In desperation I select Newcastle Brown Ale from the fridge, and RealAleRocks – for the first time in this blog series, voluntarily opting not to have one of the handles – chooses the John Smiths. £5.85 for the pair. Oh, and there is a Slushie machine on the bar, so I suppose we could have had a Slushie instead? Maybe next time.

Towards the back, there’s a pool table, and a couple of young men are playing a game. There’s also a dartboard, some fruit machines, and a TV showing football (perhaps repeats of the weekend? It’s the day after the end of the season).

Further towards the front, there’s a central seating area which RealAleRocks tells me – she’s been here many more times than me – can get rather dark. On the wall, pictures of butterflies, balls of wool, and of Batman and the Cardington Hangars (for the local film-making connection).

The Anchor Goldington Road - near the entrance

Out the front there’s a decking area with a few picnic tables, and I believe there’s something similar out the back, but to be honest I didn’t go to check. Also there’s a rather brighter conservatory area inside, just to the left of the front door. But we select one of the booths to the right, with tables to seat about 6-8 people, and what appears to be a 10-inch or so TV built into the fittings at the end of each table – though it was turned off, and I couldn’t work out how to turn it on. This was probably a good thing.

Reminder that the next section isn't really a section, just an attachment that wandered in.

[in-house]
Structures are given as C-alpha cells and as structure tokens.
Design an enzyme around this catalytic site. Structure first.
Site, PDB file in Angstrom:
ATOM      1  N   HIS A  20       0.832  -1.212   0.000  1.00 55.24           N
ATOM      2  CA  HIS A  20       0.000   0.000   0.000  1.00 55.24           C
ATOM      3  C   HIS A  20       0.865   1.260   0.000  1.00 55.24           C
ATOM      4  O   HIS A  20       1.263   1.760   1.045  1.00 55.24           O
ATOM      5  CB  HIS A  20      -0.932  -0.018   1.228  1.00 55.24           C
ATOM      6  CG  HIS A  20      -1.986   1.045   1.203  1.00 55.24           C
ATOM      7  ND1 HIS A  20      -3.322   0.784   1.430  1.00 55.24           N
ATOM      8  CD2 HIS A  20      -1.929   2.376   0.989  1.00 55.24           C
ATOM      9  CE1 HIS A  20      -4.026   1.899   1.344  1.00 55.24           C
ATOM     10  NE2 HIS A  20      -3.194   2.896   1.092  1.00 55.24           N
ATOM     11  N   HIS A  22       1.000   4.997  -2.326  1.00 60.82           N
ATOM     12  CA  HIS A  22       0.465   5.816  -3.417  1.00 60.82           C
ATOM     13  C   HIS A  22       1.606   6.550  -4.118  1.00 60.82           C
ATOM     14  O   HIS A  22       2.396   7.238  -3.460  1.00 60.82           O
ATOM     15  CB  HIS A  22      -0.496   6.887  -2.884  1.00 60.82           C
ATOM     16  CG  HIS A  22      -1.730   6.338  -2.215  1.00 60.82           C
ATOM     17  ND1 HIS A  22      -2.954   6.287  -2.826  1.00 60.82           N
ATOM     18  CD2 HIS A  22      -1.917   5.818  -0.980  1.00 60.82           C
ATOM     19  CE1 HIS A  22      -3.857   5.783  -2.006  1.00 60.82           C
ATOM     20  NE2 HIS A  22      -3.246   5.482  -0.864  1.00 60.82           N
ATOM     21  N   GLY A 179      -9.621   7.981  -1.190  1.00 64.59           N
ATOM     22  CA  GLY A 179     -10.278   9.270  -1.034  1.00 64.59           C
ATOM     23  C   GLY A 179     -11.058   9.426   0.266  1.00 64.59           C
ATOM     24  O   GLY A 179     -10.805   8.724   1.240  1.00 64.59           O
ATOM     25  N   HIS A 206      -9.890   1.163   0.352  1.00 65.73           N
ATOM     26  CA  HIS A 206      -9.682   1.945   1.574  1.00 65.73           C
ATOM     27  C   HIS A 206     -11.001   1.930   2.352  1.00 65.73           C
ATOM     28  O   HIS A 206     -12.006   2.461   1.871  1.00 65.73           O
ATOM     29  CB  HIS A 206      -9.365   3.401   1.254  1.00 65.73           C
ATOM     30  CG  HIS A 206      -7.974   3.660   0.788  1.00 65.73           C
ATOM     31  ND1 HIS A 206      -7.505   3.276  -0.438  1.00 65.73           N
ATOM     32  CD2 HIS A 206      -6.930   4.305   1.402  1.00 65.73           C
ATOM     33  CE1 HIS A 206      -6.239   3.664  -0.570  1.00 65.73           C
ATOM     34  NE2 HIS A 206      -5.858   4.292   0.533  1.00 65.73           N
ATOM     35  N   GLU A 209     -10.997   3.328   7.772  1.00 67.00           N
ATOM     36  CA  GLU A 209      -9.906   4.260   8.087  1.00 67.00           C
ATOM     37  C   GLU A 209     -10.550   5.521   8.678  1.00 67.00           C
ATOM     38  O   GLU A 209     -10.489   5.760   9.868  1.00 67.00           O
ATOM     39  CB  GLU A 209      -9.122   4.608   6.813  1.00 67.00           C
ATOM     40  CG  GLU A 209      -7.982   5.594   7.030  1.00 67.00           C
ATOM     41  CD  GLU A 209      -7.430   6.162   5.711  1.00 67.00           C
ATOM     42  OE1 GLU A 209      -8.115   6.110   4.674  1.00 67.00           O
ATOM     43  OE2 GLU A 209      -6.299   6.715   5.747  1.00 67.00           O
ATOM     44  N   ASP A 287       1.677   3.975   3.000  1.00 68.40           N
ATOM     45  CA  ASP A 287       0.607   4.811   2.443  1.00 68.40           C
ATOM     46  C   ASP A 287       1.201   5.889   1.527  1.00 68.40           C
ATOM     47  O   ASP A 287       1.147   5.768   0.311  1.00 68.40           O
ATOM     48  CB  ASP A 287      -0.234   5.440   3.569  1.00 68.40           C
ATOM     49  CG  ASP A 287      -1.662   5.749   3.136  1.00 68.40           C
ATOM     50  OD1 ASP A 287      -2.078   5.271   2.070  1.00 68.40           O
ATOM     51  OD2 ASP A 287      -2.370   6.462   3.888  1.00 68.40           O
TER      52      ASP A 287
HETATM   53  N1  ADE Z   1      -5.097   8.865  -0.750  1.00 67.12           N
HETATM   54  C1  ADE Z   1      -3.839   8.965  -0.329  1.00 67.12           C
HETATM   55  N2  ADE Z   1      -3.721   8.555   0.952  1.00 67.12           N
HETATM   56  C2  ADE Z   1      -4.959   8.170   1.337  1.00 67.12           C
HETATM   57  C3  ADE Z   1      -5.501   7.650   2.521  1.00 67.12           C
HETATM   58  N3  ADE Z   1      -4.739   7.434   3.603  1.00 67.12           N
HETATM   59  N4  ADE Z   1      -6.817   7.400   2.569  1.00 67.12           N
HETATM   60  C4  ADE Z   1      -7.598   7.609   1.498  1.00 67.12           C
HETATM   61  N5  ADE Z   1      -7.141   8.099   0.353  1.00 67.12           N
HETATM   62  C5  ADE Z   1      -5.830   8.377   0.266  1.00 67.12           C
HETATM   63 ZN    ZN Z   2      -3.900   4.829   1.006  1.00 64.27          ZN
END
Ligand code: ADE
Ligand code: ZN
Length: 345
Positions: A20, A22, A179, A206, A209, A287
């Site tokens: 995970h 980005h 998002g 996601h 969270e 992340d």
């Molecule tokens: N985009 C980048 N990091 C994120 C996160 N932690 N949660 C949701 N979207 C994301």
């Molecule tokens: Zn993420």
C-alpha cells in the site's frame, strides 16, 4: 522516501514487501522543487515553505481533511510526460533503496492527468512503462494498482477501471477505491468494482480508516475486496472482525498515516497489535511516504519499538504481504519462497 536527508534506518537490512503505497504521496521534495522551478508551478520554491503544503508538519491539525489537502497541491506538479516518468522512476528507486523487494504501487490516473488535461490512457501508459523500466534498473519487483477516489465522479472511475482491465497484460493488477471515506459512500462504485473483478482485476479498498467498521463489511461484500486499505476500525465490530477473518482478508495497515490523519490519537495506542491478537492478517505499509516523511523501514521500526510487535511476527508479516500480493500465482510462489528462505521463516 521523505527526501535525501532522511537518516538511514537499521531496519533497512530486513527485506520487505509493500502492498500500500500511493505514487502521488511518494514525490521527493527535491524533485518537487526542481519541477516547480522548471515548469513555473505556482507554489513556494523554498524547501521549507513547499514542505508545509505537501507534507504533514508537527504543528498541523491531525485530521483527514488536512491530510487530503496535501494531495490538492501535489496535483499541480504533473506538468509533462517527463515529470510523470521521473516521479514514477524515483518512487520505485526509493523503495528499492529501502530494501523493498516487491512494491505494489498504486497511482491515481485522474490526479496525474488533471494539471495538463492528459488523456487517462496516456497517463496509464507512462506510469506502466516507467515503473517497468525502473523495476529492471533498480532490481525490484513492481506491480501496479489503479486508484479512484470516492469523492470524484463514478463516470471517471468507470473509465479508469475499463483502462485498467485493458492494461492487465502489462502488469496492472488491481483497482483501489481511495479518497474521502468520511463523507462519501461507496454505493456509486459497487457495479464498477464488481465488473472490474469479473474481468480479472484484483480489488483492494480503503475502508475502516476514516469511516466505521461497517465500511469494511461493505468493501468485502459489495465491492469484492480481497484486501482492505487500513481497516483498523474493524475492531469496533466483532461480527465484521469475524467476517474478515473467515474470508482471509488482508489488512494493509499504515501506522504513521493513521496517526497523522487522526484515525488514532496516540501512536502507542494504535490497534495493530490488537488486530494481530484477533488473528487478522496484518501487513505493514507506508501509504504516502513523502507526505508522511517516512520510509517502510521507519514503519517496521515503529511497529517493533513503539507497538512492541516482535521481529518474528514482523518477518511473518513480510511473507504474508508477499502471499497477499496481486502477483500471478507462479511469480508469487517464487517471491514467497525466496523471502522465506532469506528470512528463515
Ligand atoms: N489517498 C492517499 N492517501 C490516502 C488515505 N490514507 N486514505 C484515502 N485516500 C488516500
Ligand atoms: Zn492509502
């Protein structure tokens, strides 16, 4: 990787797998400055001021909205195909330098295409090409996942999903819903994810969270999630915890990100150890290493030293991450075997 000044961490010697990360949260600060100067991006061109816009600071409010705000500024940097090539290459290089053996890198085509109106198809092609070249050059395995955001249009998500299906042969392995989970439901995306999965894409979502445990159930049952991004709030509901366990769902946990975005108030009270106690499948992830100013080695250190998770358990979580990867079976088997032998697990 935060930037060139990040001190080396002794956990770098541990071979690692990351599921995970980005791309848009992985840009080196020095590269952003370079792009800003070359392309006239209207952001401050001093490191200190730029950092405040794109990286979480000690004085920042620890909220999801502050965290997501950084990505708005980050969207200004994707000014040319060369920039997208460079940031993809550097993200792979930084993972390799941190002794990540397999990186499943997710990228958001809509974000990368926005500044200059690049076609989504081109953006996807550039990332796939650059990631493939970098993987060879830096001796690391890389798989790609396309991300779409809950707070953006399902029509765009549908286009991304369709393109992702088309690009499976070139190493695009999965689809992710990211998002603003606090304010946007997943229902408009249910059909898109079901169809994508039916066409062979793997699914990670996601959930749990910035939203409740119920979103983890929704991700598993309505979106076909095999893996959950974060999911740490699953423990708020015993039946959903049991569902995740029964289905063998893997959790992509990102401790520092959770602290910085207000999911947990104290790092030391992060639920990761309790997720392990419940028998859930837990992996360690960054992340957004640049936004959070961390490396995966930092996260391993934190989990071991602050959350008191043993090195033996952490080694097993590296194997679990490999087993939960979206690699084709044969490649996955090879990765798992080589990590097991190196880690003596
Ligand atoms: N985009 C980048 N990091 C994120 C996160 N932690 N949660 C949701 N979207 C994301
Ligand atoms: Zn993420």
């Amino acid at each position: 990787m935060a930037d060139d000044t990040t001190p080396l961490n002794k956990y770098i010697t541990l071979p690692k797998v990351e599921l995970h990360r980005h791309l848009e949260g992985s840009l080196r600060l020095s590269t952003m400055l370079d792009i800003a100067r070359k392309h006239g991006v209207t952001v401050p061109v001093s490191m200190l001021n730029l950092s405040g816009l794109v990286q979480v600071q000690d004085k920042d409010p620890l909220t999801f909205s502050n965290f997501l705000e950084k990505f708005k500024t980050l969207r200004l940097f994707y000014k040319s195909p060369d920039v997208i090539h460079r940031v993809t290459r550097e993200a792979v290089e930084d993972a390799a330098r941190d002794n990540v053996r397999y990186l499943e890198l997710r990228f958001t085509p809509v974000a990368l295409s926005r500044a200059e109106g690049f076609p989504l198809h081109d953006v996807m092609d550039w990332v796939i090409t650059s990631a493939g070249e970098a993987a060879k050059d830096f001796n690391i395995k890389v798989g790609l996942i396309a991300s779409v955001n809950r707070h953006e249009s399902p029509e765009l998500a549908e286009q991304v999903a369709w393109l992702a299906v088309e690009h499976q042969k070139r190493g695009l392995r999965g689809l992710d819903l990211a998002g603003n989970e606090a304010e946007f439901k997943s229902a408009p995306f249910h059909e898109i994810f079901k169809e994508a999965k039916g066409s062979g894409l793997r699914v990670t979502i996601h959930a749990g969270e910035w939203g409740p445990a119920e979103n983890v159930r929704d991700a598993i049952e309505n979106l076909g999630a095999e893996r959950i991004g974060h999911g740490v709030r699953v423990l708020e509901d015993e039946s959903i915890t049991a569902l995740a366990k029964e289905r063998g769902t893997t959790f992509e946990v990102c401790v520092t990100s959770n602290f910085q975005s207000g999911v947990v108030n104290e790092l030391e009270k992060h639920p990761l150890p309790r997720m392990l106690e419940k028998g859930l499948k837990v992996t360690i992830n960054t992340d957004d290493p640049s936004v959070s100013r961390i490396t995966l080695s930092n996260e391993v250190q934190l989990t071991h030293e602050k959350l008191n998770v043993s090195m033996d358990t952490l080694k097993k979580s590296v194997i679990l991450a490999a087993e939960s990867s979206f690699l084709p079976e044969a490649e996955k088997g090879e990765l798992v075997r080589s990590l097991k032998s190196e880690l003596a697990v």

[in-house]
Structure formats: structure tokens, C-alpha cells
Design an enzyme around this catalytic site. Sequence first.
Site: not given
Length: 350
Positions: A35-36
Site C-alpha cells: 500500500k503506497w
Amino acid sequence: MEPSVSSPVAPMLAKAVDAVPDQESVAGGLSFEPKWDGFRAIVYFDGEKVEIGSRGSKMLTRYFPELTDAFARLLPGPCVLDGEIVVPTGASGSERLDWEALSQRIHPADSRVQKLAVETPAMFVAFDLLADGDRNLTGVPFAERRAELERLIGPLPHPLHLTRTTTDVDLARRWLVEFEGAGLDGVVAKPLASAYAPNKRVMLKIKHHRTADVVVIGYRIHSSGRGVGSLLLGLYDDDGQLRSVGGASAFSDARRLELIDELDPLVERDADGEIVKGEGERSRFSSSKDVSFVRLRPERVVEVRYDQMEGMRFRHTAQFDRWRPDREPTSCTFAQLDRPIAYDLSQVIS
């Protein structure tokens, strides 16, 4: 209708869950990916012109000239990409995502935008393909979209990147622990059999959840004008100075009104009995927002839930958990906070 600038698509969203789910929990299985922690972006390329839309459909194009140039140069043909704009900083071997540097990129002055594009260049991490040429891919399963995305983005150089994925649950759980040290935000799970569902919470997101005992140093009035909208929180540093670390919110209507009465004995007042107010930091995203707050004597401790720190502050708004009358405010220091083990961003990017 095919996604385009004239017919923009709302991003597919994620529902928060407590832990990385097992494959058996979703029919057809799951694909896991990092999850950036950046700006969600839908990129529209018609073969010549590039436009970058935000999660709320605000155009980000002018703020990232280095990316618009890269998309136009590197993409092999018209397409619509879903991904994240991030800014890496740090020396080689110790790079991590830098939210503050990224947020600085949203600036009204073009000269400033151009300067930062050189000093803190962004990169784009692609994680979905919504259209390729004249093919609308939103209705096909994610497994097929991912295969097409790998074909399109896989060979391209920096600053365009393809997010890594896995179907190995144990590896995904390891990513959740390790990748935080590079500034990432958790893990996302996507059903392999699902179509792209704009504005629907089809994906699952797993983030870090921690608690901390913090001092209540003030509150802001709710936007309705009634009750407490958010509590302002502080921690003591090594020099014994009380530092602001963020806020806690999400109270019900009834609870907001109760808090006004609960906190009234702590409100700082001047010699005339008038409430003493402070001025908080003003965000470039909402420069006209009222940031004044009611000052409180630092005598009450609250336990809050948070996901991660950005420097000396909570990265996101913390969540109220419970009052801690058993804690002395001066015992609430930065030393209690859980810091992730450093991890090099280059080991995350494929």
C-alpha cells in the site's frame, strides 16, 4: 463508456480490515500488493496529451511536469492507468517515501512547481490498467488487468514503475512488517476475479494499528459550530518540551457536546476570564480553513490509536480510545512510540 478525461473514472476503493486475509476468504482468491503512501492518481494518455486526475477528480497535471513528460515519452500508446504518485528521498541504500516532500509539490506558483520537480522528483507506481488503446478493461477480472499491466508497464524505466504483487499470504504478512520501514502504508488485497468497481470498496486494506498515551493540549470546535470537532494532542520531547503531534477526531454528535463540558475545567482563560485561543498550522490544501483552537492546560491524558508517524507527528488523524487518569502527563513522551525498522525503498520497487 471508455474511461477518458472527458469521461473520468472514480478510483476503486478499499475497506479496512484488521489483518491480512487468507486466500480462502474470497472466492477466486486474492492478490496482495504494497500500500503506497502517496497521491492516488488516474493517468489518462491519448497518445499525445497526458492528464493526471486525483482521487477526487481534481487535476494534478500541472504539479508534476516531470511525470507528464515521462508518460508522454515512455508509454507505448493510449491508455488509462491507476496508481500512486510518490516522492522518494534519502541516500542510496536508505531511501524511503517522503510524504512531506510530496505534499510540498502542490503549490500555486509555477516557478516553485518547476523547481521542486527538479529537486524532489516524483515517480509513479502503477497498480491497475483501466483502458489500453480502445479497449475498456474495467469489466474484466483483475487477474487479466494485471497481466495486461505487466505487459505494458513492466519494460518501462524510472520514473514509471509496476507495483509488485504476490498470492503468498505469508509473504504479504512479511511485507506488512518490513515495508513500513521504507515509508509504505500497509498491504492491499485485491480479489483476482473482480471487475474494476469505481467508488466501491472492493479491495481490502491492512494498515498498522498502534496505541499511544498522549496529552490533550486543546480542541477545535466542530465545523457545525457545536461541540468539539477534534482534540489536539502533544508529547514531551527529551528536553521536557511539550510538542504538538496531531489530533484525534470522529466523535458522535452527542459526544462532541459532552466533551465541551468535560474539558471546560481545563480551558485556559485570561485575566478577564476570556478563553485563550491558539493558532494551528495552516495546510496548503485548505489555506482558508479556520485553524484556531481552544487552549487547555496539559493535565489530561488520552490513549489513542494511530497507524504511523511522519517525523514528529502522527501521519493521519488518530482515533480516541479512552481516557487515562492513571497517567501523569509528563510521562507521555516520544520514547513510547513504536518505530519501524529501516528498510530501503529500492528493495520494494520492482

The Anchor Goldington Road - inside

The music was easy going pop (we identified Sugababes, Pharrell Williams, Human League, Michael Jackson, Prince, Bee Gees, Arthur Conley, Earth Wind & Fire, Kool and the Gang, Duran Duran), all at a perfectly comfortable volume. This was early on a Monday evening, by the way.

So, we drank our drinks, and we chatted, and it was all easy and inoffensive enough. I actually enjoyed my Newkie Brown far more than I expected, and if anything it took us both back a good twenty-plus years, when Newkie Brown and John Smiths would have been the sorts of drinks that we’d actually want to find. That was what we had back then. Before we discovered real ale.

Come for the family-friendliness, come for the sport on TV, come for the kegs on tap, come for the parking and the large menu. What I’m saying is, don’t come for the real ale.

Images by GirlMeetsPint, CC BY 4.0

The Sportsman

With the demise of the Queens Tavern a while ago, The Sportsman must be the nearest pub for quite a big part of Bedford – almost all of Goldington and about half of Putnoe too. It’s sited on the end of a small cul-de-sac row of local shops, squarely in a residential area. As we approach along The Boundary, there are neat detached houses on one side of the road, and terraced houses with football shirts hung in front windows on the other.

This is a Charles Wells pub, so there’s that familiar signage, with that gold lettering on that red background – fairly new signage, as with almost all the other CW pubs too. The front of the building is a cream colour, with white doors and windows and some brown wooden windowsills, some of which are showing their age. A few hanging baskets add a splash of interest.